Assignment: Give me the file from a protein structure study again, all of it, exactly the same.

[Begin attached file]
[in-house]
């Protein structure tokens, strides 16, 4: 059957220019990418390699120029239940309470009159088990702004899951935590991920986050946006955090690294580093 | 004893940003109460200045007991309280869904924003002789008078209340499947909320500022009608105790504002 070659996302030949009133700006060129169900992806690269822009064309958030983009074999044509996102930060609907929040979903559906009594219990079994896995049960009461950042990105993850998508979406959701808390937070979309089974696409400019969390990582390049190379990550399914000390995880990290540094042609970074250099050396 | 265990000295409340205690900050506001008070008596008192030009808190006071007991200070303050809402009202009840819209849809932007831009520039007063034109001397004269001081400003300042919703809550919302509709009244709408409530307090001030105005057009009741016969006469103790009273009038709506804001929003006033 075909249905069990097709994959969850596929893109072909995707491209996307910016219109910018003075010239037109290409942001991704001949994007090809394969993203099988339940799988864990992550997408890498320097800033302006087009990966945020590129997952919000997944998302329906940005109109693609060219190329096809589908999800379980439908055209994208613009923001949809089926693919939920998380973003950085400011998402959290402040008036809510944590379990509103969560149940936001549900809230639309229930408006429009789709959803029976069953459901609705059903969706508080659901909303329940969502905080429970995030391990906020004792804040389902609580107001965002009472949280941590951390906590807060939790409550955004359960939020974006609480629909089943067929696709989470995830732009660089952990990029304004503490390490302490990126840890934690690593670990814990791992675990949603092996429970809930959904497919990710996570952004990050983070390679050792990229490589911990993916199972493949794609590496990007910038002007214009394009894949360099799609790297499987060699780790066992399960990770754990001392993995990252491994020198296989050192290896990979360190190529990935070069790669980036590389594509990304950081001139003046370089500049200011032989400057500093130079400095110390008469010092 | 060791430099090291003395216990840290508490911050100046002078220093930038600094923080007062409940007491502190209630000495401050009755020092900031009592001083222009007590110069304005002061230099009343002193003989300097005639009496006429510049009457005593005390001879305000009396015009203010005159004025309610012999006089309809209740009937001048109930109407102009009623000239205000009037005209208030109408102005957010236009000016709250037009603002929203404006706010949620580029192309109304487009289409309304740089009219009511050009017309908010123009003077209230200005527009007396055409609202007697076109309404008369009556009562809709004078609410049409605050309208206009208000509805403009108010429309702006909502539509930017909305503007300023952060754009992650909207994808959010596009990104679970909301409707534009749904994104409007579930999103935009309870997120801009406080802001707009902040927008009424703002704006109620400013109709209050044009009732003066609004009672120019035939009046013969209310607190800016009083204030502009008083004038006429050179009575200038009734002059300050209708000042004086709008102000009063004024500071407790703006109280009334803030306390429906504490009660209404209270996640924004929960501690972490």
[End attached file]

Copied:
[in-house]
């Protein structure tokens, strides 16, 4: 059957220019990418390699120029239940309470009159088990702004899951935590991920986050946006955090690294580093 | 004893940003109460200045007991309280869904924003002789008078209340499947909320500022009608105790504002 070659996302030949009133700006060129169900992806690269822009064309958030983009074999044509996102930060609907929040979903559906009594219990079994896995049960009461950042990105993850998508979406959701808390937070979309089974696409400019969390990582390049190379990550399914000390995880990290540094042609970074250099050396 | 265990000295409340205690900050506001008070008596008192030009808190006071007991200070303050809402009202009840819209849809932007831009520039007063034109001397004269001081400003300042919703809550919302509709009244709408409530307090001030105005057009009741016969006469103790009273009038709506804001929003006033 075909249905069990097709994959969850596929893109072909995707491209996307910016219109910018003075010239037109290409942001991704001949994007090809394969993203099988339940799988864990992550997408890498320097800033302006087009990966945020590129997952919000997944998302329906940005109109693609060219190329096809589908999800379980439908055209994208613009923001949809089926693919939920998380973003950085400011998402959290402040008036809510944590379990509103969560149940936001549900809230639309229930408006429009789709959803029976069953459901609705059903969706508080659901909303329940969502905080429970995030391990906020004792804040389902609580107001965002009472949280941590951390906590807060939790409550955004359960939020974006609480629909089943067929696709989470995830732009660089952990990029304004503490390490302490990126840890934690690593670990814990791992675990949603092996429970809930959904497919990710996570952004990050983070390679050792990229490589911990993916199972493949794609590496990007910038002007214009394009894949360099799609790297499987060699780790066992399960990770754990001392993995990252491994020198296989050192290896990979360190190529990935070069790669980036590389594509990304950081001139003046370089500049200011032989400057500093130079400095110390008469010092 | 060791430099090291003395216990840290508490911050100046002078220093930038600094923080007062409940007491502190209630000495401050009755020092900031009592001083222009007590110069304005002061230099009343002193003989300097005639009496006429510049009457005593005390001879305000009396015009203010005159004025309610012999006089309809209740009937001048109930109407102009009623000239205000009037005209208030109408102005957010236009000016709250037009603002929203404006706010949620580029192309109304487009289409309304740089009219009511050009017309908010123009003077209230200005527009007396055409609202007697076109309404008369009556009562809709004078609410049409605050309208206009208000509805403009108010429309702006909502539509930017909305503007300023952060754009992650909207994808959010596009990104679970909301409707534009749904994104409007579930999103935009309870997120801009406080802001707009902040927008009424703002704006109620400013109709209050044009009732003066609004009672120019035939009046013969209310607190800016009083204030502009008083004038006429050179009575200038009734002059300050209708000042004086709008102000009063004024500071407790703006109280009334803030306390429906504490009660209404209270996640924004929960501690972490």